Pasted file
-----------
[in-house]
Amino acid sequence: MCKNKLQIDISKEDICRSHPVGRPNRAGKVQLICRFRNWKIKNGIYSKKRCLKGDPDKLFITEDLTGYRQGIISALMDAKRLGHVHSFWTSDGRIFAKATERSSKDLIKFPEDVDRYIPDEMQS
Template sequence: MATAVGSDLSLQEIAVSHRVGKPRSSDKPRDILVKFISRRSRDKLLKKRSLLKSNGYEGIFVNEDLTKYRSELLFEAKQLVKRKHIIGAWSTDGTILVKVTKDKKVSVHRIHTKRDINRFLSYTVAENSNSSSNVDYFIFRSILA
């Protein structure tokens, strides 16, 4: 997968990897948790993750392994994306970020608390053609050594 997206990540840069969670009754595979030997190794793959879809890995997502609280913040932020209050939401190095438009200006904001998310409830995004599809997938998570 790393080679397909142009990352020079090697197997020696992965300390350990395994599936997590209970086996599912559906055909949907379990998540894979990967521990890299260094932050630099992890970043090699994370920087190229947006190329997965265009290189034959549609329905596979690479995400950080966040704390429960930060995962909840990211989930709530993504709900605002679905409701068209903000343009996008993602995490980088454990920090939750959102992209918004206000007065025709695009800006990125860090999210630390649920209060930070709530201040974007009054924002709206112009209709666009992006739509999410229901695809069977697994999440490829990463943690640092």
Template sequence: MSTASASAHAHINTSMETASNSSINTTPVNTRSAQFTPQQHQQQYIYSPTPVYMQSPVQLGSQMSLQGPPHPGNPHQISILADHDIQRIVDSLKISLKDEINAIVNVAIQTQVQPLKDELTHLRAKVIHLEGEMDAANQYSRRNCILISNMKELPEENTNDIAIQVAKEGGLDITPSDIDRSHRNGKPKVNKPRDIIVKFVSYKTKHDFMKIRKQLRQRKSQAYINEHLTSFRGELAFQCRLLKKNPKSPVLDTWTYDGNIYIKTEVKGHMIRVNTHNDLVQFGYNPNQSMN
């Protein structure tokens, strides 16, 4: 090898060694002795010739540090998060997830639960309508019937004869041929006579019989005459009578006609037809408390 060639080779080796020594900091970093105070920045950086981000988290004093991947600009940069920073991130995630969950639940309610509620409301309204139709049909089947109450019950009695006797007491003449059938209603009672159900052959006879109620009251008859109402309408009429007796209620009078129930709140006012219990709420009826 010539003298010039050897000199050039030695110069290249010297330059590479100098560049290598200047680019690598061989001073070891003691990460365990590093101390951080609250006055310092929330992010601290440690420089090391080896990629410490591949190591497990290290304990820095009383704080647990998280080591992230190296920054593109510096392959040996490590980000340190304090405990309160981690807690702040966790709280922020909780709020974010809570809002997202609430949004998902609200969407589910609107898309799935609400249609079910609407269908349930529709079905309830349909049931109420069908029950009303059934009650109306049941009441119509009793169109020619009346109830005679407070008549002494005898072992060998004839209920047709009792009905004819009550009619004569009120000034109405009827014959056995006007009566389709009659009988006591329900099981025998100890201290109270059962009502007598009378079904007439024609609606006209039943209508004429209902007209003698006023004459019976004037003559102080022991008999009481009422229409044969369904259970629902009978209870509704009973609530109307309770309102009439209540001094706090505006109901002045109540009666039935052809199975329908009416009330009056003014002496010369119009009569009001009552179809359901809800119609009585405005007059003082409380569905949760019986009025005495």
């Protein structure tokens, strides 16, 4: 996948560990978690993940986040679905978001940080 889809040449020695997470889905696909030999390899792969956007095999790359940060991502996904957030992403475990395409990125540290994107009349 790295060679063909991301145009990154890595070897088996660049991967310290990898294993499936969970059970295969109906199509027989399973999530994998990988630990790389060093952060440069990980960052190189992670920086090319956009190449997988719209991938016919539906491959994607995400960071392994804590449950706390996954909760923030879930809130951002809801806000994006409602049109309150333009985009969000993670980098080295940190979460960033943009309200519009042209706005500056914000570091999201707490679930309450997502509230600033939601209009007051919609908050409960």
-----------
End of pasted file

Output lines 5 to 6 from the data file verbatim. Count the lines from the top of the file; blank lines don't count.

Template sequence: MSTASASAHAHINTSMETASNSSINTTPVNTRSAQFTPQQHQQQYIYSPTPVYMQSPVQLGSQMSLQGPPHPGNPHQISILADHDIQRIVDSLKISLKDEINAIVNVAIQTQVQPLKDELTHLRAKVIHLEGEMDAANQYSRRNCILISNMKELPEENTNDIAIQVAKEGGLDITPSDIDRSHRNGKPKVNKPRDIIVKFVSYKTKHDFMKIRKQLRQRKSQAYINEHLTSFRGELAFQCRLLKKNPKSPVLDTWTYDGNIYIKTEVKGHMIRVNTHNDLVQFGYNPNQSMN
């Protein structure tokens, strides 16, 4: 090898060694002795010739540090998060997830639960309508019937004869041929006579019989005459009578006609037809408390 060639080779080796020594900091970093105070920045950086981000988290004093991947600009940069920073991130995630969950639940309610509620409301309204139709049909089947109450019950009695006797007491003449059938209603009672159900052959006879109620009251008859109402309408009429007796209620009078129930709140006012219990709420009826 010539003298010039050897000199050039030695110069290249010297330059590479100098560049290598200047680019690598061989001073070891003691990460365990590093101390951080609250006055310092929330992010601290440690420089090391080896990629410490591949190591497990290290304990820095009383704080647990998280080591992230190296920054593109510096392959040996490590980000340190304090405990309160981690807690702040966790709280922020909780709020974010809570809002997202609430949004998902609200969407589910609107898309799935609400249609079910609407269908349930529709079905309830349909049931109420069908029950009303059934009650109306049941009441119509009793169109020619009346109830005679407070008549002494005898072992060998004839209920047709009792009905004819009550009619004569009120000034109405009827014959056995006007009566389709009659009988006591329900099981025998100890201290109270059962009502007598009378079904007439024609609606006209039943209508004429209902007209003698006023004459019976004037003559102080022991008999009481009422229409044969369904259970629902009978209870509704009973609530109307309770309102009439209540001094706090505006109901002045109540009666039935052809199975329908009416009330009056003014002496010369119009009569009001009552179809359901809800119609009585405005007059003082409380569905949760019986009025005495």